Iain Burgess purchased Old Gwernyfed Manor in late 2013 and then embarked on a comprehensive restoration program of both the main house and the outbuildings. Iain lives with his partner Tracey, three children Max, Jacob and Erin and three dogs ( Rob, Frank and Ollie).
"One of Brecon's Best Set Pieces"
Old Gwernyfed Manor is named after the great Celtic longhouse home for a Welsh chieftain and his clan. There has been a house on the site since Norman times and it is the major gentry house of the area. A medieval house was replaced by another in about 1450 which forms the basis of the present manor. As quoted in Pevsnor - The Manor was
modernised in 1590 when three wings were added to the house, transforming its shape
from the letter “I” to a symmetrical “E”, in honour of Elizabeth the reigning Queen.
Queen Elizabeth would have been pleased to see the great spiral staircase newly built around the huge oaken post. The oak was a mast from a ship of the wrecked Spanish Armada, washed up on the Welsh shore.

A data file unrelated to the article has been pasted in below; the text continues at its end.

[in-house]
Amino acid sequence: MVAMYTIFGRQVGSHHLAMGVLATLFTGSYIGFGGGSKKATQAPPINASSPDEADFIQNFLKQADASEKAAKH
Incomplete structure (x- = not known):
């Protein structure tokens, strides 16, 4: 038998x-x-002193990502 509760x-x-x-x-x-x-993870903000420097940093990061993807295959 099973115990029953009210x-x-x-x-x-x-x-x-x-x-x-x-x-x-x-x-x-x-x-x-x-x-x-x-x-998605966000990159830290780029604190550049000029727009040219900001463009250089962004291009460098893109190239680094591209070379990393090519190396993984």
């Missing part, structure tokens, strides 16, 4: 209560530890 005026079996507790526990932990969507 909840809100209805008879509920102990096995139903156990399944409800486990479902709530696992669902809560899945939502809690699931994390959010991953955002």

The main rooms were in the south west wing until a fire in c. 1780 since which the wing has been a shell. On the north west front of the house the fenestration has been disrupted by the erection of a large stone stack dating from the early nineteenth century and may mark the transition from Manor to farmhouse. Inside the house a date on the fireplace of 1680, provides evidence for later alterations of the house.
It is reputed that, William Shakespeare delighted in some of the other wood in the
house: he carved a cryptic message on the oaken Minstrel’s Screen. It was correctly
deciphered only a few years ago by a British Intelligence officer who was staying at Old